A House for Mr Biswas Themes

This Study Guide consists of approximately 45 pages of chapter summaries, quotes, character analysis, themes, and more - everything you need to sharpen your knowledge of A House for Mr Biswas.
This section contains 436 words
(approx. 2 pages at 400 words per page)


Family is a prominent theme in the novel. Mr. Biswas’s family is broken up because of unfortunate circumstances, and he never really has a close relationship with his mother, his brothers, or his sister. His mother seems unable to deal with life around her, and especially not Mr. Biswas’s needs. As Mr. Biswas is maneuvered into marrying Shama, he finds that he has taken on a very large family—fourteen daughters and two sons—to go along with her. It is Shama’s family that creates most of the conflict that occurs between Shama and Mr. Biswas. Up against the Tulsi family, Mr. Biswas feels helpless. The theme of family continues in the birth of four children to Mr. Biswas. His attitude toward his own family is very complex: at times, he feels they are an alien interference in his life, and at other times, he struggles to establish a bond with them.


Writing plays an important role in the events of the novel. It is Mr. Biswas’s talent for sign writing that brings him to the Tulsi store where he first sees Shama. Then it is the note he writes that leads to all the trouble with the Tulsis. As he learns to communicate in writing, he secures a position writing for a newspaper, and he is able to express his feelings and find some peace of mind in writing the letter to Dr. Rameshwar after his mother dies. Finally, writing keeps him connected to his children, particularly Anand, while they are studying abroad.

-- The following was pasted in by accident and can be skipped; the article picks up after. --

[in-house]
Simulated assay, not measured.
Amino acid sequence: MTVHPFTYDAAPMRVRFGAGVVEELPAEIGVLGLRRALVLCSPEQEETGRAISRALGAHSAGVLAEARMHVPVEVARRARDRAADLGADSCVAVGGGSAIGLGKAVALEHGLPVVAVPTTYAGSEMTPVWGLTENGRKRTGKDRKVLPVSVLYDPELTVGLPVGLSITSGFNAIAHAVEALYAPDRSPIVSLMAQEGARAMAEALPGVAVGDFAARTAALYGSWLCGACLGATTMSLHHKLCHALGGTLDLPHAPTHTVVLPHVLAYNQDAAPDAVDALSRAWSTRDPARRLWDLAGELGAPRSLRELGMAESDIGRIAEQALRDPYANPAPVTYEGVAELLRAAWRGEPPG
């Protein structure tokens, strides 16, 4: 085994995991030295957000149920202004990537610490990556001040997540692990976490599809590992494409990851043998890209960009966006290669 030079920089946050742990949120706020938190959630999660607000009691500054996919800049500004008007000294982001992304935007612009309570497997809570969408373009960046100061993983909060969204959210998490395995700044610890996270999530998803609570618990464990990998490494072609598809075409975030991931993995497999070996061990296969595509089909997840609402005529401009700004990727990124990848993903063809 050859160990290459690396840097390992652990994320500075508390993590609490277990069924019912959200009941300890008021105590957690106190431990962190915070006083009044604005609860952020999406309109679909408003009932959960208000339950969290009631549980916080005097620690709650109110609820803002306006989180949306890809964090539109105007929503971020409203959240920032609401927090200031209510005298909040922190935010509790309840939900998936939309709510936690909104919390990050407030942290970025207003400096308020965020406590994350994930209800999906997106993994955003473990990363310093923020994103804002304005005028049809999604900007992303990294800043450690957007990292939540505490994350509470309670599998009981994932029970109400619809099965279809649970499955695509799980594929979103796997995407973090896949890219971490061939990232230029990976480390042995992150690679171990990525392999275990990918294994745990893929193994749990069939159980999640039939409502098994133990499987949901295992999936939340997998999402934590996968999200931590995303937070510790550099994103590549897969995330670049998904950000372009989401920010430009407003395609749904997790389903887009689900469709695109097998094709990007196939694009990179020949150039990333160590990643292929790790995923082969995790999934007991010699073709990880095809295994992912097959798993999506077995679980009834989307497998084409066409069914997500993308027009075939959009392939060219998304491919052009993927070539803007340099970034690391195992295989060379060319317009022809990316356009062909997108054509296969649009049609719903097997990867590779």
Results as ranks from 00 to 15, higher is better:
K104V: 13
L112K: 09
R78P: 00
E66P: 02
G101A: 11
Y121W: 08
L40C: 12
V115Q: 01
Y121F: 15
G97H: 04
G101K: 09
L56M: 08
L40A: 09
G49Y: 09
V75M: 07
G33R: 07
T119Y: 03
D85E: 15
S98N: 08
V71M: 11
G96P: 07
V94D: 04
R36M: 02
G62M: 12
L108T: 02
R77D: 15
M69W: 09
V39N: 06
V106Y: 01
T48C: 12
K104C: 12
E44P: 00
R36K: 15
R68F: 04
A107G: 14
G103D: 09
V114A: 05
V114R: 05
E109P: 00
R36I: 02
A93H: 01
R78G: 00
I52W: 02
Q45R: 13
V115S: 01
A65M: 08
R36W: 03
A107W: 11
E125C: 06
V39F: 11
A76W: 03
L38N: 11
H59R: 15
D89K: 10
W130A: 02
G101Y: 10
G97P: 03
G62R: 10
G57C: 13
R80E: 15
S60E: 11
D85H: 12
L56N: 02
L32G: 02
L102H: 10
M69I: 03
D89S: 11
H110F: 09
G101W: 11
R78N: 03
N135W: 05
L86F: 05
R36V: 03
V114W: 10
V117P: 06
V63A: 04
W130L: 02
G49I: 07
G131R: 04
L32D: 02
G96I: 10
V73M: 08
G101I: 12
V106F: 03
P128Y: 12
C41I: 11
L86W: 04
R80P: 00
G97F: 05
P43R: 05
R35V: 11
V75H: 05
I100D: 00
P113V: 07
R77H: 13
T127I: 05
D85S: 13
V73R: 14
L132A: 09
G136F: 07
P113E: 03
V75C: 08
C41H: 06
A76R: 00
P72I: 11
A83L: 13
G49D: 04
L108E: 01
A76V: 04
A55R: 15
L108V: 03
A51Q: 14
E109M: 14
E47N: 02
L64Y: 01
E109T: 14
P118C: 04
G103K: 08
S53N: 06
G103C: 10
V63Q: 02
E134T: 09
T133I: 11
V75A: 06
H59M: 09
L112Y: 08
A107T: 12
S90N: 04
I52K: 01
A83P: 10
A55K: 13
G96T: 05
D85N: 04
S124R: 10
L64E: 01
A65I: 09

Food is not just an ingredient in the novel it is a theme. Early in the novel, a punishment involving bananas causes stomach problems for Mr. Biswas, which will cause him difficulty for the rest of his life. When they are not fighting about the Tulsis, most of the conflict between Shama and Mr. Biswas is centered on food. Mr. Biswas does not like the quality of food he gets at the Tulsi house, and he does not like the way it is prepared. His sensitive stomach is always reacting to the bad food, and he constantly has to depend on Maclean’s Brand Stomach Powder to get relief. However, food does not always play an antagonistic role in the novel. When there is cause for celebration, there is also cause for feasting, and the Tulsis’ food improves greatly for special occasions. Finally, when the family is living at the estate at Shorthills, Mrs. Tulsi has her daughters experiment with bamboo and other strange materials in an effort to find new sources of food.

This section contains 436 words
(approx. 2 pages at 400 words per page)
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